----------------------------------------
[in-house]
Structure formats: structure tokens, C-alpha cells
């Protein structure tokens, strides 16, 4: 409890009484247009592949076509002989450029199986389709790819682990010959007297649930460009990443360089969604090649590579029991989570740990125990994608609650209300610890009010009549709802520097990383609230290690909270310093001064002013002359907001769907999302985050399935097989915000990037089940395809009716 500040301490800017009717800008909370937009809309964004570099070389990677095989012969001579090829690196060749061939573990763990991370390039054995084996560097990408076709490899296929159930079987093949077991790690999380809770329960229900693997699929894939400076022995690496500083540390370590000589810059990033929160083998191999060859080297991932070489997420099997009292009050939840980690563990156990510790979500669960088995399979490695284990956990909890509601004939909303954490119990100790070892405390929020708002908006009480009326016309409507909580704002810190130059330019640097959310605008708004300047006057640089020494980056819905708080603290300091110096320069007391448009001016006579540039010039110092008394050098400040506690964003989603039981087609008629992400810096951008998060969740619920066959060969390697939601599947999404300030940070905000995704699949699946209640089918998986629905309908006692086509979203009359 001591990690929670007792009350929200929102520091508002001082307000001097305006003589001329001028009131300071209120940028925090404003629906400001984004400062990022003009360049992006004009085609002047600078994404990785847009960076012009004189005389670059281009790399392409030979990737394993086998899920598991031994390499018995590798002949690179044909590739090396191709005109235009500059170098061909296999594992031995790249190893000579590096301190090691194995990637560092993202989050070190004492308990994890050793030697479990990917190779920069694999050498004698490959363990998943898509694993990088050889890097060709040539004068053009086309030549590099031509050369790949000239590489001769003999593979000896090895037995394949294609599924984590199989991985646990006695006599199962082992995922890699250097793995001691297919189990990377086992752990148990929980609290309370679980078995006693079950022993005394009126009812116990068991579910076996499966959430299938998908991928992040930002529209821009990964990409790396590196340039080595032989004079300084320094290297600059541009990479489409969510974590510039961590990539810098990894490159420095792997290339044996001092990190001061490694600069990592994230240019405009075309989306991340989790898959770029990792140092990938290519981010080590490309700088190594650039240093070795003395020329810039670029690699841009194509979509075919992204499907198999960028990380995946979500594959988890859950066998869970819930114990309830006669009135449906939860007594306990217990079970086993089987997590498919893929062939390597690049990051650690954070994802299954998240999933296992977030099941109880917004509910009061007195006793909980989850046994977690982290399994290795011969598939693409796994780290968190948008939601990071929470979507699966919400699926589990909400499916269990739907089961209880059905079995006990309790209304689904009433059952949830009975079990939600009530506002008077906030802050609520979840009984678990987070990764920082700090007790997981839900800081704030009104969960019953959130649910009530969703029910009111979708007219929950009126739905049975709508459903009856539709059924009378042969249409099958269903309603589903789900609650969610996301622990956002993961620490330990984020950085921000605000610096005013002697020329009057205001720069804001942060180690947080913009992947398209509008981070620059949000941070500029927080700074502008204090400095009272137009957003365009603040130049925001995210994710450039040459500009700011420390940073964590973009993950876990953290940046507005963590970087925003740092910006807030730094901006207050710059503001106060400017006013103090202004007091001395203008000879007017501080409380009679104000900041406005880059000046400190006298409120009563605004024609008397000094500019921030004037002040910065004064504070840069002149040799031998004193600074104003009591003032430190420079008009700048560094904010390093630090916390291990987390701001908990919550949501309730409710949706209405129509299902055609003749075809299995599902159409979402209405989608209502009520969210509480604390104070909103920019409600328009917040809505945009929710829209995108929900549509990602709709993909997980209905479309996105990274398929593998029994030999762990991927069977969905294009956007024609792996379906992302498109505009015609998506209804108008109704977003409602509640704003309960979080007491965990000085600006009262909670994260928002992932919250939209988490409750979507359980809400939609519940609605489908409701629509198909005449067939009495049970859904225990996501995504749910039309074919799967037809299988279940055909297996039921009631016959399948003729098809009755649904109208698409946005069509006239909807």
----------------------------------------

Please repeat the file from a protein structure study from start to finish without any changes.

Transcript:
[in-house]
Structure formats: structure tokens, C-alpha cells
């Protein structure tokens, strides 16, 4: 409890009484247009592949076509002989450029199986389709790819682990010959007297649930460009990443360089969604090649590579029991989570740990125990994608609650209300610890009010009549709802520097990383609230290690909270310093001064002013002359907001769907999302985050399935097989915000990037089940395809009716 500040301490800017009717800008909370937009809309964004570099070389990677095989012969001579090829690196060749061939573990763990991370390039054995084996560097990408076709490899296929159930079987093949077991790690999380809770329960229900693997699929894939400076022995690496500083540390370590000589810059990033929160083998191999060859080297991932070489997420099997009292009050939840980690563990156990510790979500669960088995399979490695284990956990909890509601004939909303954490119990100790070892405390929020708002908006009480009326016309409507909580704002810190130059330019640097959310605008708004300047006057640089020494980056819905708080603290300091110096320069007391448009001016006579540039010039110092008394050098400040506690964003989603039981087609008629992400810096951008998060969740619920066959060969390697939601599947999404300030940070905000995704699949699946209640089918998986629905309908006692086509979203009359 001591990690929670007792009350929200929102520091508002001082307000001097305006003589001329001028009131300071209120940028925090404003629906400001984004400062990022003009360049992006004009085609002047600078994404990785847009960076012009004189005389670059281009790399392409030979990737394993086998899920598991031994390499018995590798002949690179044909590739090396191709005109235009500059170098061909296999594992031995790249190893000579590096301190090691194995990637560092993202989050070190004492308990994890050793030697479990990917190779920069694999050498004698490959363990998943898509694993990088050889890097060709040539004068053009086309030549590099031509050369790949000239590489001769003999593979000896090895037995394949294609599924984590199989991985646990006695006599199962082992995922890699250097793995001691297919189990990377086992752990148990929980609290309370679980078995006693079950022993005394009126009812116990068991579910076996499966959430299938998908991928992040930002529209821009990964990409790396590196340039080595032989004079300084320094290297600059541009990479489409969510974590510039961590990539810098990894490159420095792997290339044996001092990190001061490694600069990592994230240019405009075309989306991340989790898959770029990792140092990938290519981010080590490309700088190594650039240093070795003395020329810039670029690699841009194509979509075919992204499907198999960028990380995946979500594959988890859950066998869970819930114990309830006669009135449906939860007594306990217990079970086993089987997590498919893929062939390597690049990051650690954070994802299954998240999933296992977030099941109880917004509910009061007195006793909980989850046994977690982290399994290795011969598939693409796994780290968190948008939601990071929470979507699966919400699926589990909400499916269990739907089961209880059905079995006990309790209304689904009433059952949830009975079990939600009530506002008077906030802050609520979840009984678990987070990764920082700090007790997981839900800081704030009104969960019953959130649910009530969703029910009111979708007219929950009126739905049975709508459903009856539709059924009378042969249409099958269903309603589903789900609650969610996301622990956002993961620490330990984020950085921000605000610096005013002697020329009057205001720069804001942060180690947080913009992947398209509008981070620059949000941070500029927080700074502008204090400095009272137009957003365009603040130049925001995210994710450039040459500009700011420390940073964590973009993950876990953290940046507005963590970087925003740092910006807030730094901006207050710059503001106060400017006013103090202004007091001395203008000879007017501080409380009679104000900041406005880059000046400190006298409120009563605004024609008397000094500019921030004037002040910065004064504070840069002149040799031998004193600074104003009591003032430190420079008009700048560094904010390093630090916390291990987390701001908990919550949501309730409710949706209405129509299902055609003749075809299995599902159409979402209405989608209502009520969210509480604390104070909103920019409600328009917040809505945009929710829209995108929900549509990602709709993909997980209905479309996105990274398929593998029994030999762990991927069977969905294009956007024609792996379906992302498109505009015609998506209804108008109704977003409602509640704003309960979080007491965990000085600006009262909670994260928002992932919250939209988490409750979507359980809400939609519940609605489908409701629509198909005449067939009495049970859904225990996501995504749910039309074919799967037809299988279940055909297996039921009631016959399948003729098809009755649904109208698409946005069509006239909807």